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PHOTOS: Senator Peters Visits Greater Flint Health Coalition, Highlights the Need to Extend Federal Program Supporting Youth Opioid Addiction Treatment

Peters Fighting to Protect Program He Established That Supports Adolescents Struggling with Opioid Addiction; Genesee County Holds Third Highest Opioid Death Rate in Michigan

FLINT, MI – U.S. Senator Gary Peters (MI) held a roundtable at the Greater Flint Health Coalition today to hear firsthand from local health care leaders about their needs to address, prevent, and adequately treat opioid addiction in the Genesee County area. Peters highlighted the need to renew the federal program he established in 2018, called the Youth Prevention and Recovery Initiative, which provides grant funding to local health care providers to help expand access to opioid addiction treatment for adolescents. The program also provides grant funding to schools, community organizations, and others to help raise awareness of the risks of fentanyl use among youth.

“Opioid addiction has devastated communities in Michigan and across the country, and too many of those suffering are our young people,” said Senator Peters. “These are kids who should be going to school, spending time with their friends, and looking forward to their futures, but are instead in the throes of this disease. I’m grateful I had the opportunity to meet with local health care leaders to hear about their experience on the front lines of this epidemic. I’ll keep fighting to ensure resources remain available to provide Michiganders, especially our youth, with the treatment they need to get better.”

The authorization for Peters’ Youth Prevention and Recovery Initiative expired in September 2023. Peters is now fighting to ensure this critical resource remains available by passing the bipartisan SUPPORT for Patients and Communities Reauthorization Act which would extend numerous opioid prevention, education, and treatment programs, including Peters’ Youth Prevention and Recovery Initiative, to help tackle the ongoing opioid epidemic. These programs provide vital support to adolescents, families, care providers, and communities like those in Genesee County, which has the third highest opioid overdose death rate and the second highest burden for substance use disorder in Michigan, according to the Michigan Department of Health and Human Services.

Among others, Peters was joined by Greater Flint Health Coalition Director of Mental Health and Substance Use Initiatives Kelly Ainsworth, Director of Adult and Adolescent Outpatient Services at Flint Odyssey House, Jennifer Gerow, and Peer Recovery Coach at New Paths, Inc., Courtney Gillenwater. Gillenwater also serves on the Genesee County Quick Response Team which connects overdose survivors with harm reduction and treatment services immediately following an overdose and works to increase the number of individuals in post-overdose treatment.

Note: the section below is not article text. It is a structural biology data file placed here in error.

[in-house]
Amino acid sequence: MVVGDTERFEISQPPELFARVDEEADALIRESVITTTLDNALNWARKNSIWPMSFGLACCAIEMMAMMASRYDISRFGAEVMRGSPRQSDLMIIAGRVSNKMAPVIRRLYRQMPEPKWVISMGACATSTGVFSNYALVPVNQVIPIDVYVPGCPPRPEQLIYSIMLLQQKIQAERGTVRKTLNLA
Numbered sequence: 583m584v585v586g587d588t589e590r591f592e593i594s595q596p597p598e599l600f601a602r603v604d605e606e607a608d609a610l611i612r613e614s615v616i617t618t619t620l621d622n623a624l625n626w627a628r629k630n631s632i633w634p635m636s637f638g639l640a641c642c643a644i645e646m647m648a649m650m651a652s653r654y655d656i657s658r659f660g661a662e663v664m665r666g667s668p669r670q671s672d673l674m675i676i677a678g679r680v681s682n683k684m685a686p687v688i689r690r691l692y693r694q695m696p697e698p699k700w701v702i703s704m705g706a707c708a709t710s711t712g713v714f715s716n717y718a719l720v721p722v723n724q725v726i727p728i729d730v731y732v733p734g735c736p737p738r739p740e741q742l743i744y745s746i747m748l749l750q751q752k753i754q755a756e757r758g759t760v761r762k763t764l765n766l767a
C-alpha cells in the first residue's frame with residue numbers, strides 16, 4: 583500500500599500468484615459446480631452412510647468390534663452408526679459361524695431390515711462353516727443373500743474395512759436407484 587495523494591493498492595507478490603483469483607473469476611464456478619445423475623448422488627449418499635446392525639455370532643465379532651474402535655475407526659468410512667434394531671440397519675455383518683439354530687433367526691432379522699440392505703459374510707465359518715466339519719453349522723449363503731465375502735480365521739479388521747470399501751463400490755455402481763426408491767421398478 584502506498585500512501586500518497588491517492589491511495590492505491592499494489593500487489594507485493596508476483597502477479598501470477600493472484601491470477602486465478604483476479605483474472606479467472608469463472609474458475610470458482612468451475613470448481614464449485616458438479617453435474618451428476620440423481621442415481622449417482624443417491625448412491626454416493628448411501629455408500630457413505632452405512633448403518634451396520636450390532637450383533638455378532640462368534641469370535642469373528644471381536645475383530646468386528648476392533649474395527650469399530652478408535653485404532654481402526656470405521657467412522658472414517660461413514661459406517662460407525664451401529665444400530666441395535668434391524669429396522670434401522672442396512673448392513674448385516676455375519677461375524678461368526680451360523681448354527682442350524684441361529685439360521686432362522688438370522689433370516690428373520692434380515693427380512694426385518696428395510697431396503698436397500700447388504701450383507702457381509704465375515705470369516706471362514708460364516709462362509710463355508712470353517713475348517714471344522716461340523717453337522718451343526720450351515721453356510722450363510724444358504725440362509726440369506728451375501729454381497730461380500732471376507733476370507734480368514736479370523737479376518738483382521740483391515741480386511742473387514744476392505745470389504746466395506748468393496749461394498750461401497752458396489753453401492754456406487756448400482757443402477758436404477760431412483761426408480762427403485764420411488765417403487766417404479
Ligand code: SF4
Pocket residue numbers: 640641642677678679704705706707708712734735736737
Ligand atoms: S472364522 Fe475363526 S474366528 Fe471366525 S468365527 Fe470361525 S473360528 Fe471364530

“Young people are particularly vulnerable to opioid substance use disorder, and the Youth Prevention and Recovery Initiative would help bring assisted treatment for youth into our community,” said Kelly Ainsworth, Project Director of Mental Health & Substance Abuse at the Greater Flint Health Coalition. “We’re grateful for Senator Peters’ efforts to support this program, which could enable providers and organizations throughout our region provide this life-saving treatment to young people in need of help.” 

“Through both my work and personal experience with substance abuse, I know how important medicated assisted treatment can be for helping an individual through their recovery,” said Courtney Gillenwater, Peer Recovery Coach at New Paths, Inc. “Thank you Senator Peters for fighting to protect this program, which provides federal resources that give organizations like ours an opportunity to expand our treatment services to young people, helping to save more lives in our community.”

“We know medication assisted treatment is safe and effective, and being able to offer it to our youth could be a game changer for Genesee County,” said Jennifer Gerow, Director of Adult and Adolescent Outpatient Services at Flint Odyssey House. “Extending support for Senator Peters’ Youth Prevention and Recovery Initiative would not only help expand opportunities to provide prevention and comprehensive substance abuse treatment, but also raise awareness among our young people about the risks associated with opioid misuse.”


According to a 2018 study by the Substance Abuse and Mental Health Services Administration (SAMSHA), more than 695,000 American adolescents used opioids for nonmedical reasons, up by more than 400,000 since the last study was conducted in 2015. In December 2022, the Centers for Disease Control (CDC) reported that monthly drug overdose deaths nearly tripled among adolescents aged 10 to 19 years during the first 2 years of the COVID-19 pandemic.

In Michigan, deaths from opioid overdoses have increased roughly 18 times from 1999 – 2021. According to the CDC, Michigan has on average over 3,000 overdose deaths a year. The State of Michigan found that about 127,000 young people in Michigan have experienced a substance use disorder. Thirty-seven percent of those youth also identified having mental health concerns.

To download photos from the event, click here.